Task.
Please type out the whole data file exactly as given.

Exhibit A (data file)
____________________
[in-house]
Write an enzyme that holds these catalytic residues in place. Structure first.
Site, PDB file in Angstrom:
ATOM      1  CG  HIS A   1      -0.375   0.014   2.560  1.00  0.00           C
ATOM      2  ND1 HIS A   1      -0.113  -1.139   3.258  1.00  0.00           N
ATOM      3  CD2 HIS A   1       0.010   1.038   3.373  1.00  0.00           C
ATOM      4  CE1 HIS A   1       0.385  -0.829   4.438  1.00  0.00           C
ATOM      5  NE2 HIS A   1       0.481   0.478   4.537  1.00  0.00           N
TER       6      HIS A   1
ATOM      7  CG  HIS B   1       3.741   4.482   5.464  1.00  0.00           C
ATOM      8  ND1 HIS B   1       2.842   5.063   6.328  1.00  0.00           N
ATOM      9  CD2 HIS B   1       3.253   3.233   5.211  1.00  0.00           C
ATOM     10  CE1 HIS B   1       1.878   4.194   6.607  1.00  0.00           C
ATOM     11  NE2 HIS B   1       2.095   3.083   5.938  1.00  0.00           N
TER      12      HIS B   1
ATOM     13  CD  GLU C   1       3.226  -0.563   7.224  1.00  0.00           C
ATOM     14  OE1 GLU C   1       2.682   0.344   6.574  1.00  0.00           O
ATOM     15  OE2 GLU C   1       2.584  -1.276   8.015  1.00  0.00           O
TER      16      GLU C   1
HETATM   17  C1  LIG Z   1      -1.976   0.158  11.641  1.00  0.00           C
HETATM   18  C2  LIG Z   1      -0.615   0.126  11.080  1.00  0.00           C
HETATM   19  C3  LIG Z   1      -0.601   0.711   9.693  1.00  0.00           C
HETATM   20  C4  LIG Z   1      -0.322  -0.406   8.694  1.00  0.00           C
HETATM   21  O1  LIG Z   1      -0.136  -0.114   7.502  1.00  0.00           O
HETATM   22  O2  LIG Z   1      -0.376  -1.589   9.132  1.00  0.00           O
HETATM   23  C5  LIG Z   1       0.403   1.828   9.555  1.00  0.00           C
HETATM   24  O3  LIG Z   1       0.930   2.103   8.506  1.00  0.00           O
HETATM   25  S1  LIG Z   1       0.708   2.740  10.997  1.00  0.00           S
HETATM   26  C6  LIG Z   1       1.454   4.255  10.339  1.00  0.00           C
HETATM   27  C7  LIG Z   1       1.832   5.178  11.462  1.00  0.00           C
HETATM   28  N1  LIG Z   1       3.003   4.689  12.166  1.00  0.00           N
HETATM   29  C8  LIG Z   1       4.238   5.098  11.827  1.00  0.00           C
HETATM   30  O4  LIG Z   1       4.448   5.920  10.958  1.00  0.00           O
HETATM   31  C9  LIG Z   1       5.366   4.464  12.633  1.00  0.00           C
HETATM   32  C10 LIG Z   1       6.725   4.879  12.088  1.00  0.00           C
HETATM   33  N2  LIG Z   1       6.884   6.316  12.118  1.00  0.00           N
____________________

[in-house]
Write an enzyme that holds these catalytic residues in place. Structure first.
Site, PDB file in Angstrom:
ATOM      1  CG  HIS A   1      -0.375   0.014   2.560  1.00  0.00           C
ATOM      2  ND1 HIS A   1      -0.113  -1.139   3.258  1.00  0.00           N
ATOM      3  CD2 HIS A   1       0.010   1.038   3.373  1.00  0.00           C
ATOM      4  CE1 HIS A   1       0.385  -0.829   4.438  1.00  0.00           C
ATOM      5  NE2 HIS A   1       0.481   0.478   4.537  1.00  0.00           N
TER       6      HIS A   1
ATOM      7  CG  HIS B   1       3.741   4.482   5.464  1.00  0.00           C
ATOM      8  ND1 HIS B   1       2.842   5.063   6.328  1.00  0.00           N
ATOM      9  CD2 HIS B   1       3.253   3.233   5.211  1.00  0.00           C
ATOM     10  CE1 HIS B   1       1.878   4.194   6.607  1.00  0.00           C
ATOM     11  NE2 HIS B   1       2.095   3.083   5.938  1.00  0.00           N
TER      12      HIS B   1
ATOM     13  CD  GLU C   1       3.226  -0.563   7.224  1.00  0.00           C
ATOM     14  OE1 GLU C   1       2.682   0.344   6.574  1.00  0.00           O
ATOM     15  OE2 GLU C   1       2.584  -1.276   8.015  1.00  0.00           O
TER      16      GLU C   1
HETATM   17  C1  LIG Z   1      -1.976   0.158  11.641  1.00  0.00           C
HETATM   18  C2  LIG Z   1      -0.615   0.126  11.080  1.00  0.00           C
HETATM   19  C3  LIG Z   1      -0.601   0.711   9.693  1.00  0.00           C
HETATM   20  C4  LIG Z   1      -0.322  -0.406   8.694  1.00  0.00           C
HETATM   21  O1  LIG Z   1      -0.136  -0.114   7.502  1.00  0.00           O
HETATM   22  O2  LIG Z   1      -0.376  -1.589   9.132  1.00  0.00           O
HETATM   23  C5  LIG Z   1       0.403   1.828   9.555  1.00  0.00           C
HETATM   24  O3  LIG Z   1       0.930   2.103   8.506  1.00  0.00           O
HETATM   25  S1  LIG Z   1       0.708   2.740  10.997  1.00  0.00           S
HETATM   26  C6  LIG Z   1       1.454   4.255  10.339  1.00  0.00           C
HETATM   27  C7  LIG Z   1       1.832   5.178  11.462  1.00  0.00           C
HETATM   28  N1  LIG Z   1       3.003   4.689  12.166  1.00  0.00           N
HETATM   29  C8  LIG Z   1       4.238   5.098  11.827  1.00  0.00           C
HETATM   30  O4  LIG Z   1       4.448   5.920  10.958  1.00  0.00           O
HETATM   31  C9  LIG Z   1       5.366   4.464  12.633  1.00  0.00           C
HETATM   32  C10 LIG Z   1       6.725   4.879  12.088  1.00  0.00           C
HETATM   33  N2  LIG Z   1       6.884   6.316  12.118  1.00  0.00           N